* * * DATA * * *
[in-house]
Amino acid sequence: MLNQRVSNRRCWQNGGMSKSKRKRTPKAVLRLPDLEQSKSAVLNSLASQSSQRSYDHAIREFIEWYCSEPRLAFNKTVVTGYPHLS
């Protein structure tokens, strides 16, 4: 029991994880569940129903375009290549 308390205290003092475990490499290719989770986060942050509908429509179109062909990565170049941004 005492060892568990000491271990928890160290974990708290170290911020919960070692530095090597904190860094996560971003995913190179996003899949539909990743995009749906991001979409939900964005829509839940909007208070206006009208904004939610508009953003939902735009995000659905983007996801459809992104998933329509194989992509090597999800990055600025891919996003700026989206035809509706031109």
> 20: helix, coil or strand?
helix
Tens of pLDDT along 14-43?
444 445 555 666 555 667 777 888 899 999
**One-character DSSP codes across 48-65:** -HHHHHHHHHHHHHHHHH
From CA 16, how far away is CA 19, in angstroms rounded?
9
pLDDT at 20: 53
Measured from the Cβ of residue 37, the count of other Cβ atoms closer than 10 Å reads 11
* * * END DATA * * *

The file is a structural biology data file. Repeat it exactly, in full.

[in-house]
Amino acid sequence: MLNQRVSNRRCWQNGGMSKSKRKRTPKAVLRLPDLEQSKSAVLNSLASQSSQRSYDHAIREFIEWYCSEPRLAFNKTVVTGYPHLS
């Protein structure tokens, strides 16, 4: 029991994880569940129903375009290549 308390205290003092475990490499290719989770986060942050509908429509179109062909990565170049941004 005492060892568990000491271990928890160290974990708290170290911020919960070692530095090597904190860094996560971003995913190179996003899949539909990743995009749906991001979409939900964005829509839940909007208070206006009208904004939610508009953003939902735009995000659905983007996801459809992104998933329509194989992509090597999800990055600025891919996003700026989206035809509706031109």
> 20: helix, coil or strand?
helix
Tens of pLDDT along 14-43?
444 445 555 666 555 667 777 888 899 999
**One-character DSSP codes across 48-65:** -HHHHHHHHHHHHHHHHH
From CA 16, how far away is CA 19, in angstroms rounded?
9
pLDDT at 20: 53
Measured from the Cβ of residue 37, the count of other Cβ atoms closer than 10 Å reads 11